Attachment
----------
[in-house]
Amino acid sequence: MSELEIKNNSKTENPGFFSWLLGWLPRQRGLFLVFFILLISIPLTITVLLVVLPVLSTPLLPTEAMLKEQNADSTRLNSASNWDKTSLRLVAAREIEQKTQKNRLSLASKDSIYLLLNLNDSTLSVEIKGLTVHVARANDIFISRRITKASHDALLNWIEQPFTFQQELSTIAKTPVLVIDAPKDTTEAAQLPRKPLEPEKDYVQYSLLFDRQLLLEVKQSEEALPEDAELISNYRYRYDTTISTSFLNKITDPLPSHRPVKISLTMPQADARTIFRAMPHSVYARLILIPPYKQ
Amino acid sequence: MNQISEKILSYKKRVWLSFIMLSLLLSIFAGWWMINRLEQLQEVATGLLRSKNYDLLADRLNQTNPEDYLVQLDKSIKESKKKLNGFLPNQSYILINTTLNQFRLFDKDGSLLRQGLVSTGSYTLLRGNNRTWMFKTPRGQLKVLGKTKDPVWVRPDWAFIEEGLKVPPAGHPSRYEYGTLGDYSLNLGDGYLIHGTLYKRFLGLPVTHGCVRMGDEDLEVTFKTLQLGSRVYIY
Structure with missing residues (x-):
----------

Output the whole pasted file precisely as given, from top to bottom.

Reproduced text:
[in-house]
Amino acid sequence: MSELEIKNNSKTENPGFFSWLLGWLPRQRGLFLVFFILLISIPLTITVLLVVLPVLSTPLLPTEAMLKEQNADSTRLNSASNWDKTSLRLVAAREIEQKTQKNRLSLASKDSIYLLLNLNDSTLSVEIKGLTVHVARANDIFISRRITKASHDALLNWIEQPFTFQQELSTIAKTPVLVIDAPKDTTEAAQLPRKPLEPEKDYVQYSLLFDRQLLLEVKQSEEALPEDAELISNYRYRYDTTISTSFLNKITDPLPSHRPVKISLTMPQADARTIFRAMPHSVYARLILIPPYKQ
Amino acid sequence: MNQISEKILSYKKRVWLSFIMLSLLLSIFAGWWMINRLEQLQEVATGLLRSKNYDLLADRLNQTNPEDYLVQLDKSIKESKKKLNGFLPNQSYILINTTLNQFRLFDKDGSLLRQGLVSTGSYTLLRGNNRTWMFKTPRGQLKVLGKTKDPVWVRPDWAFIEEGLKVPPAGHPSRYEYGTLGDYSLNLGDGYLIHGTLYKRFLGLPVTHGCVRMGDEDLEVTFKTLQLGSRVYIY
Structure with missing residues (x-):